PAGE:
Pandemic Hits Gaza Strip
Coronavirus sparks fear – and worse – at enclave’s quarantine facilities
Isolated as they have been for 13 years by the Israeli-Egyptian blockade, Gazans had hoped the global coronavirus outbreak would pass them by. But at dawn on Sunday, the Hamas-run Health Ministry announced that the first two COVID-19 patients had been in placed in quarantine.
The men, in their 30s and 40s, have been in isolation since they entered from Egypt via the Rafah border crossing last Thursday.
“On Sunday, test results confirmed the coronavirus infection of two citizens who returned from Pakistan,” Yousef Abu al-Reesh, Gaza’s deputy health minister, told reporters.
Abu al-Reesh said there were no locally transmitted cases, adding that appropriate medical measures had been taken to ensure the safety of all others who had arrived with the two.
A total of 1,271 persons who have not exhibited symptoms but may have been exposed to coronavirus are in 20 quarantine facilities in the Gaza Strip, according to ministry figures. Another 2,071 persons have been ordered to self-quarantine.
A delegation headed by Dr. Gerald Rockenschaub, the Jerusalem-based head of the World Health Organization (WHO) Country Office for the West Bank and Gaza Strip, arrived on Sunday morning via the Erez crossing from Israel.
“At this stage, we are focusing on containing the virus, quarantining the infected cases and pursuing their contacts,” Rockenschaub said in an interview.
He hailed the role of Gaza’s Health Ministry, saying it is “on the right path of preventing the spread of the virus.”
Although health officials have repeatedly said since early March that there were enough quarantine facilities to keep an outbreak in check, many people now complain that the conditions at the facilities are unhealthy.
The Media Line was able to contact Samah Alrawagh, a woman who returned from Egypt six days ago and has been quarantined at a converted school in the central Gaza Strip governorate of Deir al-Balah.
“We face difficult sanitary conditions here. At first, we had to share bathrooms, living in classrooms with at least nine or 10 other people, and no regular examinations. I felt my privacy was being terribly violated,” Alrawagh said.
“Later, they managed to build separate bathrooms for each floor. Medical staff started to take better care of sanitary conditions inside the quarantine facility, and of us as well,” she continued.
“The news that two infected cases have been confirmed made all of us freak out,” she added. “I hope this ends soon.”
Dr. Abdel Nasser Soboh, head of the WHO office in the enclave itself, said on Sunday: “The health system in the Gaza Strip can deal with 100 cases without considering it a heavy burden, but if the numbers increase, Gaza will be unable to control the situation. Then, there will be [a need for] an urgent international and global intervention to provide special resources to face the epidemic.”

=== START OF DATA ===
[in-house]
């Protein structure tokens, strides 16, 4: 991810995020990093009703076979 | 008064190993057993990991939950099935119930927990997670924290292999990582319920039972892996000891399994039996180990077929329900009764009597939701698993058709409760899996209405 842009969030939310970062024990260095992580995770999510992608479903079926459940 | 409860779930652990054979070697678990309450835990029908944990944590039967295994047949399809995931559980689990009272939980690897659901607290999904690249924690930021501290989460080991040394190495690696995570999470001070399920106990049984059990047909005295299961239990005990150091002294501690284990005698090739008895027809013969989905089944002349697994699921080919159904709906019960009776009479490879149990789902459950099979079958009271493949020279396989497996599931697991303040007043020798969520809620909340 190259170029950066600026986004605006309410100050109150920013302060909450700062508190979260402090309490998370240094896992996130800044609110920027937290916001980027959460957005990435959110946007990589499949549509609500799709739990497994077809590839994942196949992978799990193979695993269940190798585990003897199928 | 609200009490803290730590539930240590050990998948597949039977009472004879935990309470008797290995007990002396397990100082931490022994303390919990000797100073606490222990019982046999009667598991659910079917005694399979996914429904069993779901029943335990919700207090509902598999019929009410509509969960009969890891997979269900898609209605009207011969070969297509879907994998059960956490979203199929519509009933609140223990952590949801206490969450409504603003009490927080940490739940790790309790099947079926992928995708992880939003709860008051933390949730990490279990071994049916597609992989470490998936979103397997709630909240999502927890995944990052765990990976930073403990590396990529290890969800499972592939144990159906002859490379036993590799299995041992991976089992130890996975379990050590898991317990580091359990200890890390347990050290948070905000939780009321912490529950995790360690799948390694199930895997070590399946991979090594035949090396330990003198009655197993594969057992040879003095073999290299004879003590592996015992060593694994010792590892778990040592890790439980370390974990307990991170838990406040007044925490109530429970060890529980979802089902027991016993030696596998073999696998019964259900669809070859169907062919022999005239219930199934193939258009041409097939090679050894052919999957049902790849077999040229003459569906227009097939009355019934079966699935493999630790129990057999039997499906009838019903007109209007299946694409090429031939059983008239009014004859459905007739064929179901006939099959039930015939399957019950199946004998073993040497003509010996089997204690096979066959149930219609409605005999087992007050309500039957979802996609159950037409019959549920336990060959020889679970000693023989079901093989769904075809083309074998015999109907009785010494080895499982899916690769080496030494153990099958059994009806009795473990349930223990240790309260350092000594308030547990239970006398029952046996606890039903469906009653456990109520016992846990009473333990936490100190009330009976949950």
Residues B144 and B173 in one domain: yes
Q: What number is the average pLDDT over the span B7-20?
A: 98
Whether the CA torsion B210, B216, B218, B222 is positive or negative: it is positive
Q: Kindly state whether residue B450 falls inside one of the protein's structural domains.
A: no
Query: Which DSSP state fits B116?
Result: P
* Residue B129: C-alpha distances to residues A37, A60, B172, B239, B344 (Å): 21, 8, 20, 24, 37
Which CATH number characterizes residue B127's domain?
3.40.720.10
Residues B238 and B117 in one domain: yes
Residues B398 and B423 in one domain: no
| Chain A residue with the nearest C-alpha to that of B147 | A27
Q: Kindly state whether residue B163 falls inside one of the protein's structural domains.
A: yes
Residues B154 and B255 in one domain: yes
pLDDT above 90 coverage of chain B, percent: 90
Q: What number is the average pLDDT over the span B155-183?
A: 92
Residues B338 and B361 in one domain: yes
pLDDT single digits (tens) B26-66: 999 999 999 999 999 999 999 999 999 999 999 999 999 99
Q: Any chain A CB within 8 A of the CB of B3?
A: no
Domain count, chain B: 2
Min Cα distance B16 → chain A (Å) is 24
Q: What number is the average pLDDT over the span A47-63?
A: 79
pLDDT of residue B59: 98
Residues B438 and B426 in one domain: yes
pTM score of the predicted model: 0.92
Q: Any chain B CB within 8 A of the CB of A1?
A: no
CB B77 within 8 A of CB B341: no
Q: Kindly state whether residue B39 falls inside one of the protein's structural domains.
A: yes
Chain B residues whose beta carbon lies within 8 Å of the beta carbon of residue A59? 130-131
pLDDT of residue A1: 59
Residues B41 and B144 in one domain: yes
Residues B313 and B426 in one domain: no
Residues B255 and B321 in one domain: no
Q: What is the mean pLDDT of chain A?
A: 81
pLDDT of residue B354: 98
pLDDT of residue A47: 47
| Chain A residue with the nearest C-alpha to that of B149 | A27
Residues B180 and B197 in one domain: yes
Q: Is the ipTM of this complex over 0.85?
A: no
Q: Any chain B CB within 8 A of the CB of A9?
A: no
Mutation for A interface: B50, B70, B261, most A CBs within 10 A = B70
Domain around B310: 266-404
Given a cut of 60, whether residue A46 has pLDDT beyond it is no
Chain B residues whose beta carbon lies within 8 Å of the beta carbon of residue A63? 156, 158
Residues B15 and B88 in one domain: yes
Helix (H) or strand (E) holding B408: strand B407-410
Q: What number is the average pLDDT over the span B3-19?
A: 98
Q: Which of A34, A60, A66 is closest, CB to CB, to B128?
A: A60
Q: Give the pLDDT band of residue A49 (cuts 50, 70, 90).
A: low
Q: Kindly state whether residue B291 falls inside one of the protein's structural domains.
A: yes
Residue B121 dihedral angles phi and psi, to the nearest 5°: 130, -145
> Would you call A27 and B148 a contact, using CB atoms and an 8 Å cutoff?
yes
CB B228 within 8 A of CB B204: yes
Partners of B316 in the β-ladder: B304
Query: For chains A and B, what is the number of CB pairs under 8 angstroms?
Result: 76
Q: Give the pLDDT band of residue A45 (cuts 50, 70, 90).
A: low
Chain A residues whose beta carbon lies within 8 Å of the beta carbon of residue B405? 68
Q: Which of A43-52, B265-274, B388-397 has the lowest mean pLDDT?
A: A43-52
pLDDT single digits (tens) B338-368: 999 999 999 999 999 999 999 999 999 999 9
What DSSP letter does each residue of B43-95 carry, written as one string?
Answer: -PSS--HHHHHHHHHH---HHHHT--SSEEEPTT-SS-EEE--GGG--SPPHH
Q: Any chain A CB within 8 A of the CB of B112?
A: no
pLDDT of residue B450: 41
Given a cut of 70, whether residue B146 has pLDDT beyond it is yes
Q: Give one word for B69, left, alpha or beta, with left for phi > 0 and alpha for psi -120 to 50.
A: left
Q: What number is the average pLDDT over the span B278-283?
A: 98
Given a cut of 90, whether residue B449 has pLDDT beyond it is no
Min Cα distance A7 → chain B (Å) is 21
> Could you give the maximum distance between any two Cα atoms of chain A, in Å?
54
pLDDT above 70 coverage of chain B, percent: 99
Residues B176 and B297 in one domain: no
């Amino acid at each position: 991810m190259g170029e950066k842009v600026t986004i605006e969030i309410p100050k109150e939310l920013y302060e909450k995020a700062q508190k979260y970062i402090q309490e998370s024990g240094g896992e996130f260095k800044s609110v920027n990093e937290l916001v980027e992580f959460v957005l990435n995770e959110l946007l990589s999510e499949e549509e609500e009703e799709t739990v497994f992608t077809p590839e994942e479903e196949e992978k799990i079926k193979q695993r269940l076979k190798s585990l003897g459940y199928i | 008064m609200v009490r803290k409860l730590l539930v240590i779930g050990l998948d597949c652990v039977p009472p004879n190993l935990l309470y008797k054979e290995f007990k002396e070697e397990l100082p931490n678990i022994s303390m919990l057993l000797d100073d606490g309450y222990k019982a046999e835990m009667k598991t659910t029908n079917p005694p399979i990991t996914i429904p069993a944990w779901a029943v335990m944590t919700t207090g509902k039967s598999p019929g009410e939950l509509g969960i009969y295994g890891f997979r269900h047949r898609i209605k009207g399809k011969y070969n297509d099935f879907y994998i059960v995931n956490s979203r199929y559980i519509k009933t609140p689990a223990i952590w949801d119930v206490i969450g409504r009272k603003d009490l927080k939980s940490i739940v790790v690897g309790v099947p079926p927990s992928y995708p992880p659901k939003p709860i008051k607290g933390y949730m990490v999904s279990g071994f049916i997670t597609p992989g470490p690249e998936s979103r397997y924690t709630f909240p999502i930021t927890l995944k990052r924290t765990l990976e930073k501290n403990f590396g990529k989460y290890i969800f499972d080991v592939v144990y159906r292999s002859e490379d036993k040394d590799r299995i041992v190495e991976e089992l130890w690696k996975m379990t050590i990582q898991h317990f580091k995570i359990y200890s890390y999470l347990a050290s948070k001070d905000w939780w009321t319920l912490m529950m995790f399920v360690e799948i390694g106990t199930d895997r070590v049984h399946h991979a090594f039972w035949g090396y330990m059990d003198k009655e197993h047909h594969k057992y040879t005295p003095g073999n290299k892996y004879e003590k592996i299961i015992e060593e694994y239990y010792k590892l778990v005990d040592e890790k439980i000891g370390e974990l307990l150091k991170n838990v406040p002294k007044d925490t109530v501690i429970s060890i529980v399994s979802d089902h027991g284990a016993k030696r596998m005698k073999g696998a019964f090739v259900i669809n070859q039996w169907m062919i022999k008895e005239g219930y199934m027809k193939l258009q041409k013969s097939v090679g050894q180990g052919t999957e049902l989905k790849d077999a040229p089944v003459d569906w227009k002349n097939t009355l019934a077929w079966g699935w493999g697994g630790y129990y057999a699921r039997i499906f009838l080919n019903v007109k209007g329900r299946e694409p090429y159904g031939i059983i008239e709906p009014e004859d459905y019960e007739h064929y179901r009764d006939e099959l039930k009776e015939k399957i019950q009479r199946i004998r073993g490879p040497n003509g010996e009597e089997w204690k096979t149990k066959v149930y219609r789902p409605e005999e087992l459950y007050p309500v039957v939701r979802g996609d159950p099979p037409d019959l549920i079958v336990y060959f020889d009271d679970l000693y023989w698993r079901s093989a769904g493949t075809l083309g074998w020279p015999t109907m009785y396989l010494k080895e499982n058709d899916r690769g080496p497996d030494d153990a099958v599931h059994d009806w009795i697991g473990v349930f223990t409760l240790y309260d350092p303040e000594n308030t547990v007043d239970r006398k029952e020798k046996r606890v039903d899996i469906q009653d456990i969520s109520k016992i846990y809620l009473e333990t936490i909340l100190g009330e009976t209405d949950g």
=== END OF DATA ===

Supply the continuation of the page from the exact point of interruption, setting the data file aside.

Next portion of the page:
Authorities have started to take more vigorous action to contain the situation. On Sunday, Gaza’s Civil Defense department completed the “sterilization” of Shejaiya, a densely populated neighborhood in the eastern part of Gaza City, in an effort to protect the residents from coronavirus.
In the same vein, Gaza’s Interior Ministry on Sunday ordered the closure “until further notice of all restaurants, cafeterias, event halls, funeral homes and traditional markets, and the suspension of Friday prayers at mosques.”
The move deals a knockout blow to the already feeble economy of the enclave, whose 2 million residents endure suffocating rates of poverty, unemployment and food insecurity.
Abuwalid Abu-Huwaidi, owner of a wedding hall that has been seriously impacted by anti-coronavirus measures, told The Media Line: “Many wedding reservations have been canceled, deposits have been withdrawn and the livelihood of 17 families [of employees] is suspended until further notice. This is a 100% loss for us.”
Khalid, who preferred that his last name not be used, shuttered his clothing store for fear of the pandemic.
“I know my losses will be heavy, but I must do it for my sake and for the sake of my family,” he told The Media Line.
“I appreciate what the authorities are doing, but I think they could have avoided this catastrophe if they were better prepared,” he said. “I can’t actually tell whether there are coronavirus cases inside the Strip or not. That’s why I’m staying home as long as it takes.”
Others do not have that luxury.
Ahmed Abukhreis, a cigarette seller who supports his own and his brother’s family, is working despite the stringent measures.
“Selling cigarettes is the only source of income I have to make my daily living,” he told The Media Line. “Staying home would require having enough food and other supplies for at least two weeks, which is not possible in my case.”